20-25 are close. The ranking may be a tad rough on Kafelnikov, and a tad generous on Safin/Rafter/Smith -- but then, Smith didn't play the Aussie Open. Kuerten has 3 titles compared to 2 for the others, but all his major successes were at Roland Garros -- he didn't get further than the QFs anywhere else.

26 Andy Roddick
27 Michael Chang
28 Goran Ivanisevic

26-28 are close.

29 Tony Roche
30 Andres Gimeno

Both are hard to rank, as a substantial part of their careers was in the pre-open era -- Roche as an amateur, Gimeno on the pro tour.

As a side note, I did not incude Ray Emerson, Fred Stolle and Pancho Gonzalez in the ranking -- while they played a few tournaments in the open era, they had all major successes before that.

31 Vitas Gerulaitis
32 Michael Stich
33 Pat Cash
34 Roscoe Tanner

31-34 are close. Gerulaitis and Tanner won depleted Aussie Opens in 77 (Dec/Jan), maybe this should result in larger discounts. But then they performed well also at the other slams, being stopped only by the likes of Borg and McEnroe. A case could -- actually maybe should -- be made for Gerulaitis at #33, Stich and Cash one up. Actually I just convinced myself and changed this.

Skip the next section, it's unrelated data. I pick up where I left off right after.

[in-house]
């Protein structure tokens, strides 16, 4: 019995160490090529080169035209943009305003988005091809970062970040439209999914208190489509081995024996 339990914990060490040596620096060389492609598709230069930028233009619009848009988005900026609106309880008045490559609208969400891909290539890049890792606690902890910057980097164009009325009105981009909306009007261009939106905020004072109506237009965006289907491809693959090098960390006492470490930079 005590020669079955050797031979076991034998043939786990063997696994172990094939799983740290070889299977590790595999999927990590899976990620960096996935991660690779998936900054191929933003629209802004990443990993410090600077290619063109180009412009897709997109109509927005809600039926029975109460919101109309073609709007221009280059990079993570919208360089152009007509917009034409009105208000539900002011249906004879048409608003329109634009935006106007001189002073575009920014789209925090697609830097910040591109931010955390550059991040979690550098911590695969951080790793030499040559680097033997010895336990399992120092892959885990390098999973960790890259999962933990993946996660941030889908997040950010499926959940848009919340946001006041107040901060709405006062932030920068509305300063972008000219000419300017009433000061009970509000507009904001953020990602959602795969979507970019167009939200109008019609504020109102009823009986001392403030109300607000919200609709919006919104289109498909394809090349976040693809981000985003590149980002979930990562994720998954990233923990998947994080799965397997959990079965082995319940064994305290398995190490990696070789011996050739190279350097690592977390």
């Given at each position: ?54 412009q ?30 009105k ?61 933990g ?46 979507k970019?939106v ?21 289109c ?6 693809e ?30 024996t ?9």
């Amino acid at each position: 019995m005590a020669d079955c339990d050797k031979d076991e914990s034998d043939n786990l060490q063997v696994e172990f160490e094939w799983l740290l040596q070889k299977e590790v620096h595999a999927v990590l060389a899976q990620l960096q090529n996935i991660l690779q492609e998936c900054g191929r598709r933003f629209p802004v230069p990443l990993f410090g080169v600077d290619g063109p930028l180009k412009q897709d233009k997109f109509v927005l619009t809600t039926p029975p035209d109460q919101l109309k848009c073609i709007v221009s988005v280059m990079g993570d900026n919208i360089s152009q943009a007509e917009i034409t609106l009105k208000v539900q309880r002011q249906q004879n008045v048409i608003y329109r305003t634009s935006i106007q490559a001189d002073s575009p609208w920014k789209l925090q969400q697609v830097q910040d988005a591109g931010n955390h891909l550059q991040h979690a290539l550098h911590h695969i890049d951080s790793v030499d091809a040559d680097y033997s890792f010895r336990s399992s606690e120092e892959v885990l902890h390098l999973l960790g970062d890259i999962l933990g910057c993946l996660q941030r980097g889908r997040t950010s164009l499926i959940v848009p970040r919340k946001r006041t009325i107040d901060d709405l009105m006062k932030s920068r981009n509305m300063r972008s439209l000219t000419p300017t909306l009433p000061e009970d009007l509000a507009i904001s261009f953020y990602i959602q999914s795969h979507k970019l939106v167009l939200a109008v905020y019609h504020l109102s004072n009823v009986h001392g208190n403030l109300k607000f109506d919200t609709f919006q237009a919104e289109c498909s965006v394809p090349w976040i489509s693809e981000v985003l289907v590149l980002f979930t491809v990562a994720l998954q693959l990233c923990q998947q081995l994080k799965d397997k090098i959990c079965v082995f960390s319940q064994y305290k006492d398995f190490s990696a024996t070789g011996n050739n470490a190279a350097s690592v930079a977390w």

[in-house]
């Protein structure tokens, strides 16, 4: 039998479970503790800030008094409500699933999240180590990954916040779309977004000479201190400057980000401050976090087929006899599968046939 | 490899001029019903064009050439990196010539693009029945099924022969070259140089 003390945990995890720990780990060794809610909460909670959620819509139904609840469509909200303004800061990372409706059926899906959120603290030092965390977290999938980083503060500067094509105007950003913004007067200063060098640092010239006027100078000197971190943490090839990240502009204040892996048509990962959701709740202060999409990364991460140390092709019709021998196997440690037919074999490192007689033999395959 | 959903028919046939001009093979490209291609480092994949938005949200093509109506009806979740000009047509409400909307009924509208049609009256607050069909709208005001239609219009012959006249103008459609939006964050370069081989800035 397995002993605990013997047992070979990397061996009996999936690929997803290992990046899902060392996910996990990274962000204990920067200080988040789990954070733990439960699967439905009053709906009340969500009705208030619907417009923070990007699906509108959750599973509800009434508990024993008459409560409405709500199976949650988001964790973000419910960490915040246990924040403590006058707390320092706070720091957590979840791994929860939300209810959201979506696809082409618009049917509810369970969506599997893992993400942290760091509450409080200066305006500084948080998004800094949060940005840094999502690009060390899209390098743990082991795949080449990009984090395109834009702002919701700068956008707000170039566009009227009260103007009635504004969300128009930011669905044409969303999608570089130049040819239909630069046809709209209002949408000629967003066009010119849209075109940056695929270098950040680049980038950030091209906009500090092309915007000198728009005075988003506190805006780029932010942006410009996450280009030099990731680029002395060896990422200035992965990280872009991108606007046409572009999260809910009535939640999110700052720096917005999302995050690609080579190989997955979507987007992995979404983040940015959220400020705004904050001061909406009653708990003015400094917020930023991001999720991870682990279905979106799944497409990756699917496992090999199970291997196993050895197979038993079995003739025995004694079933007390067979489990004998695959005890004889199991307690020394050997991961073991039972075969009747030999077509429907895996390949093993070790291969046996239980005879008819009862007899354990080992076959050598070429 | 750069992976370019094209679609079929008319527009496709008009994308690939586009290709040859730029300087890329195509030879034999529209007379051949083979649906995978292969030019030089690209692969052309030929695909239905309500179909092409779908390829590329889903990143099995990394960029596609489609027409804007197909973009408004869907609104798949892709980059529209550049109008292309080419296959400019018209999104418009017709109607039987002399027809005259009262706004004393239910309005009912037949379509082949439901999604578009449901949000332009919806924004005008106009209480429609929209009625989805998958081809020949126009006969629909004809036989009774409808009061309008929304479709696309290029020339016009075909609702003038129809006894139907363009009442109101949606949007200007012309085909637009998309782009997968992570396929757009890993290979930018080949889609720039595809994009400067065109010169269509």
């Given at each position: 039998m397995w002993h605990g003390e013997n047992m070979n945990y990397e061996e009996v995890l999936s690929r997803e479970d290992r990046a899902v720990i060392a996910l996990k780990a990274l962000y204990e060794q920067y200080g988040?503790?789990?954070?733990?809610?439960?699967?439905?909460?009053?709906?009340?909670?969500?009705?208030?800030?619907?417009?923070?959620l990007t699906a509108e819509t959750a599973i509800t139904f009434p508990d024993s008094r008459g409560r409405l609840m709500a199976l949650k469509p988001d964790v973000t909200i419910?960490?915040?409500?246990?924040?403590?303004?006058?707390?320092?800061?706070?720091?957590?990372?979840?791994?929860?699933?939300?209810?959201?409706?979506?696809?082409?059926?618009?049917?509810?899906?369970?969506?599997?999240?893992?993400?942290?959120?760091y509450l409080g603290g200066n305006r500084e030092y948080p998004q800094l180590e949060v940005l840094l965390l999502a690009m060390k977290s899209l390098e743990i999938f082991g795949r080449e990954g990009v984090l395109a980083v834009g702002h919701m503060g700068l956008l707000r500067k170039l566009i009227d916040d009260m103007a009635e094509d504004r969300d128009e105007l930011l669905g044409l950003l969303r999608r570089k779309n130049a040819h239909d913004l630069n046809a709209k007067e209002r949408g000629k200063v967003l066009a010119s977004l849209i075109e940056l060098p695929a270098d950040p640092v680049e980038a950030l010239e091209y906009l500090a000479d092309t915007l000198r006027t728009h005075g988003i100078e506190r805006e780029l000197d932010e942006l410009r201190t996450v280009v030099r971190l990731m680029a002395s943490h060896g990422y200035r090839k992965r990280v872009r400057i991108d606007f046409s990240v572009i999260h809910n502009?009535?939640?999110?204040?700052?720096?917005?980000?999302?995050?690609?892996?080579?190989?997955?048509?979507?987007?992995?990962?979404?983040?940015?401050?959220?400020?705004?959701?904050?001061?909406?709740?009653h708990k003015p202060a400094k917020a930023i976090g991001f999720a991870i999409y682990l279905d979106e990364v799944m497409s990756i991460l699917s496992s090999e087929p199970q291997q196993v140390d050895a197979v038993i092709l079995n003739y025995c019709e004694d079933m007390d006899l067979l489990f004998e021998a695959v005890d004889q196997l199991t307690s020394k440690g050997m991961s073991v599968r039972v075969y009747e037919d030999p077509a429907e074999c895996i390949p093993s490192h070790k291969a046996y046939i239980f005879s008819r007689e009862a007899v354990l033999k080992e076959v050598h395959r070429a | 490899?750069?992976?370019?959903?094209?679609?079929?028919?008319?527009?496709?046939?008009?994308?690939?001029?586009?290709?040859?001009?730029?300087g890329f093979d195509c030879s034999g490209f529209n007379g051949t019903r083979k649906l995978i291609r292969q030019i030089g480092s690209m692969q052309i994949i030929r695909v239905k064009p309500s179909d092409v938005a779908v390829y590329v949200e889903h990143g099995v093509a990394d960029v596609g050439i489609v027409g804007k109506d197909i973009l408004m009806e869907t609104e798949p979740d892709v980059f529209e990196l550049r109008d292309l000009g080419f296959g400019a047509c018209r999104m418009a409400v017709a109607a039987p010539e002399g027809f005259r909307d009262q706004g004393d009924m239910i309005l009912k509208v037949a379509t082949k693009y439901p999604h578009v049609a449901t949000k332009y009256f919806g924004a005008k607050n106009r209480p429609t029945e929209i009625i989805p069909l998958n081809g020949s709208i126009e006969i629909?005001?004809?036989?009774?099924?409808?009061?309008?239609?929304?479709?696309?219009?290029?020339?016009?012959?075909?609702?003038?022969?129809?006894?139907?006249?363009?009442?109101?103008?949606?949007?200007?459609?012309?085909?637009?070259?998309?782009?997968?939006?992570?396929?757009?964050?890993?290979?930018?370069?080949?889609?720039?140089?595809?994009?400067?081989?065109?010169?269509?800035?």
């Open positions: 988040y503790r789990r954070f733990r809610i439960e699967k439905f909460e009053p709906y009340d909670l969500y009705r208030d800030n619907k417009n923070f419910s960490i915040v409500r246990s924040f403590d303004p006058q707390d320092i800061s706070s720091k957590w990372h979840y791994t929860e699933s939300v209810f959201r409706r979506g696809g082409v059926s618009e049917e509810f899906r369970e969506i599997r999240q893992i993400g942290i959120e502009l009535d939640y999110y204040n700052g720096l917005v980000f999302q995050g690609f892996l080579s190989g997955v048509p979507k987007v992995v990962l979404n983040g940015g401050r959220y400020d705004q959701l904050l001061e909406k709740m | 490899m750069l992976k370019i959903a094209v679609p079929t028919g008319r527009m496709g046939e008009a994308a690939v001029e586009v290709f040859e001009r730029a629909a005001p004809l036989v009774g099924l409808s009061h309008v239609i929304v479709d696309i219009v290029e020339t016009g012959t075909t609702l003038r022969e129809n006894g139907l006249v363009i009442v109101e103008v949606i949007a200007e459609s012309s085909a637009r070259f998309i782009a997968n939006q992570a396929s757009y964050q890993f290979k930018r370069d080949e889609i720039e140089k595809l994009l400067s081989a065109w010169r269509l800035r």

35 Sergi Bruguera

The ultimate one-surface player who did nothing remarkable at slams outside RG -- hence in the 30s in spite of 2 GS titles.

36 Juan Carlos Ferrero

Could be above Bruguera.

37 Johan Kriek

The lowest ranked 2-GS-title holder, but Kriek won his 2 titles at the poorly attended Aussie Open in 81 and 82, otherwise he didn't go beyond semifinals in slams. Could be placed even lower.

38 Carlos Moya
39 Richard Krajicek
40 Novak Djokovic

There are arguments in favor of putting Djokovic higher -- few players reached 5 subsequent GS seminfals. But take this as a promise for the great things to come.

Henry Kaspar
07-31-2008, 03:51 PM
It's Ok, you can use whatever criteria you like and dress it up however you want, but it's still flawed. Cyborg and Voo highlighted the problems with it,

Voo applauded me for dicounting the Australian Open in the 70s/early 80s. CyBorg threw around wild anti-factual criticism, obviously without fully understanding what he was talking about.

If you say it's based on GS results, which has already been quoted than that's what it's based on and that's fine.

It is. But not in a mechnanical title-counting manner, as you or Cyborg seem(ed) to think.

Henry Kaspar
07-31-2008, 04:13 PM
INDEED! Another senior moment-lol!! Interesting to compare Mac and Borg. Borg has a great record with more Slams than Mac but was probably driven out of the game, at a young age, because he realized he could not quite compete with Mac anymore. Borg would always have the advantage on clay, but Mac would have the advantage on grass and hard courts?

Maybe, these are obviously interesting speculations. But let me play devil's acvocate for a sec: